Sources of Knowledge on Nutrition

Veterinarians often provide little nutritional education because the pet food industry has "taken this off their hands."4 The industry prints and distributes feeding information for veterinarians to give clients. Pet food companies use such information to promote sales. The industry’s nutritional experts educate veterinarians and veterinary students to use their products. Some companies give their products, at no cost, to veterinary students. Pet food companies also sponsor seminars for veterinarians, with the goal of selling more product. This hasn’t improved veterinarians’ knowledge of nutrition. A survey of veterinarians reported that nutrition training is inadequate in veterinary schools and quality of nutrition continuing education is inferior.5

Pet owners are interested in nutrition and dietetics which is expressed very well in a book written to provide the practicing veterinarian with up-to-date information on canine nutrition and feeding management, one that would be useful for veterinarian, pet owner, and their dogs:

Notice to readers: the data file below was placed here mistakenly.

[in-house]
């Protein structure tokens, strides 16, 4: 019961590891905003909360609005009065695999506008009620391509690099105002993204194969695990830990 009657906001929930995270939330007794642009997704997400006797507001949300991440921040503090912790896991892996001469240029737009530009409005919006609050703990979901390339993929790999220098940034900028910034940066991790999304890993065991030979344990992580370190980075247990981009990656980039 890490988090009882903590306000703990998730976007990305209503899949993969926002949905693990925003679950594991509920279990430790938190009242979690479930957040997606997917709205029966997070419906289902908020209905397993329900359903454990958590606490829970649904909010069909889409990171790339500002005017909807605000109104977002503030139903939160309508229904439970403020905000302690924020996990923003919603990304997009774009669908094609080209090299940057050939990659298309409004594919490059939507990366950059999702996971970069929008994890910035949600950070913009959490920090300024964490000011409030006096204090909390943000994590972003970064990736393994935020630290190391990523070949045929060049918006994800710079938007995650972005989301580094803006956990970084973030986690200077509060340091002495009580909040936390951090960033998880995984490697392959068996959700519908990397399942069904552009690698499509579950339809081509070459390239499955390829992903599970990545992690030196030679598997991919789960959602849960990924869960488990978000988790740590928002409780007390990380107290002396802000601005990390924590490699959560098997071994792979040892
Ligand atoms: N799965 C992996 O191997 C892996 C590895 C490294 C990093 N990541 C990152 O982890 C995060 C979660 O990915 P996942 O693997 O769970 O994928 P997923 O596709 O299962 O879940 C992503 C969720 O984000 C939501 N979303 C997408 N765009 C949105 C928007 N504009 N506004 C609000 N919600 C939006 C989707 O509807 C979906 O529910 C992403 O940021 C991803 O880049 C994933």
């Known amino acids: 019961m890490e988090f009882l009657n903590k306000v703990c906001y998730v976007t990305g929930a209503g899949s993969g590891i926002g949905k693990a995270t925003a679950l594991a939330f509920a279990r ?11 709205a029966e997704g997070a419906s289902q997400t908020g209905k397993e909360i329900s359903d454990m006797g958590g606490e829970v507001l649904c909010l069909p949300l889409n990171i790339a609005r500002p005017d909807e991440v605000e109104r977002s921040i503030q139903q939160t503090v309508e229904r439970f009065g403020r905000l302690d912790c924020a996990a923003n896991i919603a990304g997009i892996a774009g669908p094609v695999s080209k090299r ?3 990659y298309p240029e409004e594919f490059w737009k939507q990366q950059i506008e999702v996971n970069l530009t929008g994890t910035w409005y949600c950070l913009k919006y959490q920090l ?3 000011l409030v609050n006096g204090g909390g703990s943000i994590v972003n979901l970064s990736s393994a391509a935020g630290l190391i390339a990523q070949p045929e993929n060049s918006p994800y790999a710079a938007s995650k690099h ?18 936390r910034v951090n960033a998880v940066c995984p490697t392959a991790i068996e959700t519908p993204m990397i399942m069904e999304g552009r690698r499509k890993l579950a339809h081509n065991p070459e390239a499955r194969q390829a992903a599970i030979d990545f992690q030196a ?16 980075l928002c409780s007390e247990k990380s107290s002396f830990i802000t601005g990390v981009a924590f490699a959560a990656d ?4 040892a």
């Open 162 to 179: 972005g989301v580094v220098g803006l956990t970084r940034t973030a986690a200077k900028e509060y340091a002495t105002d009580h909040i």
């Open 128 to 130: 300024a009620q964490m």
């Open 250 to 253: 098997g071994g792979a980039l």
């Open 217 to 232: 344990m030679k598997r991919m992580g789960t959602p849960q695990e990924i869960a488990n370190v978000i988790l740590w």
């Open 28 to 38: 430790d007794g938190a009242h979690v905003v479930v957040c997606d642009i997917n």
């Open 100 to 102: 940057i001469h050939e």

One need only read the health sections of major newspapers and weekly news magazines to gauge the level of public interest in nutrition. A number of subjects have been scrutinized: food additives, preservatives, known or suspected carcinogens, dietary cholesterol and its effect on cardiovascular disease, megavitamin therapy, and dietary influence on tumor behavior to name but a few. Coupled with the public interest is a major movement away from highly processed foods back to "natural" or basic "organic" food sources.

Some argue that the focus of attention has turned toward nutrition as a direct result of the social concerns raised over the ever-expanding world population and the projected inadequacy of food supply and delivery systems. Others see it in part as a personalization of the environmental movement. The heightened awareness of the importance of nutrition is probably also influenced by the success of modern medicine in eliminating many of the diseases which at one time were the major causes of death in the population.

Regardless of the reasons, concern about nutrition has reached an all-time high. Many people are vitally concerned about the quality of their diet and its effect on their personal and family health. It stands to reason, then, that the pet-owning public will transfer these concerns to the nutrition of their pets as well.